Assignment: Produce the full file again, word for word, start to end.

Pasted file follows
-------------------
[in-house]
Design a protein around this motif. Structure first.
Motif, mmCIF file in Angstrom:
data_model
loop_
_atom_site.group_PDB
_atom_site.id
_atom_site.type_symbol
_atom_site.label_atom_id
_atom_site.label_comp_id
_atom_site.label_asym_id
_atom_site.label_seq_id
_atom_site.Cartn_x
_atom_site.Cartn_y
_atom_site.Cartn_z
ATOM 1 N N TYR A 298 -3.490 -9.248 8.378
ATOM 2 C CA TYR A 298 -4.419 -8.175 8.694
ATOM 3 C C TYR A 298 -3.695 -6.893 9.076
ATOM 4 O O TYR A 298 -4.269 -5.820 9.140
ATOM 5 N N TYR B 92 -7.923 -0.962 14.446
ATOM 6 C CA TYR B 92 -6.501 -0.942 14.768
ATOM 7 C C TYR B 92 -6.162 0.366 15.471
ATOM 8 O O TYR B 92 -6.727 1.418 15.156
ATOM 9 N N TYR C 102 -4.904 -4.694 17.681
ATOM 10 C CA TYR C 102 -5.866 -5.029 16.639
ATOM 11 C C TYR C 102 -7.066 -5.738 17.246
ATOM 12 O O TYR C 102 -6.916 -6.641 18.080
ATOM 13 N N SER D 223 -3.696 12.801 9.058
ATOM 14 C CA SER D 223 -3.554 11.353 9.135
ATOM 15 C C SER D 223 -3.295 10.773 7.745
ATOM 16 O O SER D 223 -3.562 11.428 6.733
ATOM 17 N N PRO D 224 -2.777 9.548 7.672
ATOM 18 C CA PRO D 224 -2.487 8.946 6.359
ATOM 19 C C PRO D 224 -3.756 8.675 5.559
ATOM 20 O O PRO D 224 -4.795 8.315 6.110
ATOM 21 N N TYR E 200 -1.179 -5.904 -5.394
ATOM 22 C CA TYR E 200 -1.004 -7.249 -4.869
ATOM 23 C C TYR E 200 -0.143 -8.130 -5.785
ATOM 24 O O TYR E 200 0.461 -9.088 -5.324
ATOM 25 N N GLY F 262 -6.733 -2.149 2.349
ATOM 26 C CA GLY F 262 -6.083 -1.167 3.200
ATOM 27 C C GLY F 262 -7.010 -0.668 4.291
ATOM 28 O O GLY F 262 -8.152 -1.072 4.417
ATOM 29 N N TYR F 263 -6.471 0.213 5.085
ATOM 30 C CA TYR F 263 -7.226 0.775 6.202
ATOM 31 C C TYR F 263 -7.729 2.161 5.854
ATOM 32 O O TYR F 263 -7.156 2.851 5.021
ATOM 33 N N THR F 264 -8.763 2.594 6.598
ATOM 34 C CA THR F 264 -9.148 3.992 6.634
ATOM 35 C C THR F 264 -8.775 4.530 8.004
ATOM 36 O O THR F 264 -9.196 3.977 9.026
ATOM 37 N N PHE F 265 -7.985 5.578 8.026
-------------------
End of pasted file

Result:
[in-house]
Design a protein around this motif. Structure first.
Motif, mmCIF file in Angstrom:
data_model
loop_
_atom_site.group_PDB
_atom_site.id
_atom_site.type_symbol
_atom_site.label_atom_id
_atom_site.label_comp_id
_atom_site.label_asym_id
_atom_site.label_seq_id
_atom_site.Cartn_x
_atom_site.Cartn_y
_atom_site.Cartn_z
ATOM 1 N N TYR A 298 -3.490 -9.248 8.378
ATOM 2 C CA TYR A 298 -4.419 -8.175 8.694
ATOM 3 C C TYR A 298 -3.695 -6.893 9.076
ATOM 4 O O TYR A 298 -4.269 -5.820 9.140
ATOM 5 N N TYR B 92 -7.923 -0.962 14.446
ATOM 6 C CA TYR B 92 -6.501 -0.942 14.768
ATOM 7 C C TYR B 92 -6.162 0.366 15.471
ATOM 8 O O TYR B 92 -6.727 1.418 15.156
ATOM 9 N N TYR C 102 -4.904 -4.694 17.681
ATOM 10 C CA TYR C 102 -5.866 -5.029 16.639
ATOM 11 C C TYR C 102 -7.066 -5.738 17.246
ATOM 12 O O TYR C 102 -6.916 -6.641 18.080
ATOM 13 N N SER D 223 -3.696 12.801 9.058
ATOM 14 C CA SER D 223 -3.554 11.353 9.135
ATOM 15 C C SER D 223 -3.295 10.773 7.745
ATOM 16 O O SER D 223 -3.562 11.428 6.733
ATOM 17 N N PRO D 224 -2.777 9.548 7.672
ATOM 18 C CA PRO D 224 -2.487 8.946 6.359
ATOM 19 C C PRO D 224 -3.756 8.675 5.559
ATOM 20 O O PRO D 224 -4.795 8.315 6.110
ATOM 21 N N TYR E 200 -1.179 -5.904 -5.394
ATOM 22 C CA TYR E 200 -1.004 -7.249 -4.869
ATOM 23 C C TYR E 200 -0.143 -8.130 -5.785
ATOM 24 O O TYR E 200 0.461 -9.088 -5.324
ATOM 25 N N GLY F 262 -6.733 -2.149 2.349
ATOM 26 C CA GLY F 262 -6.083 -1.167 3.200
ATOM 27 C C GLY F 262 -7.010 -0.668 4.291
ATOM 28 O O GLY F 262 -8.152 -1.072 4.417
ATOM 29 N N TYR F 263 -6.471 0.213 5.085
ATOM 30 C CA TYR F 263 -7.226 0.775 6.202
ATOM 31 C C TYR F 263 -7.729 2.161 5.854
ATOM 32 O O TYR F 263 -7.156 2.851 5.021
ATOM 33 N N THR F 264 -8.763 2.594 6.598
ATOM 34 C CA THR F 264 -9.148 3.992 6.634
ATOM 35 C C THR F 264 -8.775 4.530 8.004
ATOM 36 O O THR F 264 -9.196 3.977 9.026
ATOM 37 N N PHE F 265 -7.985 5.578 8.026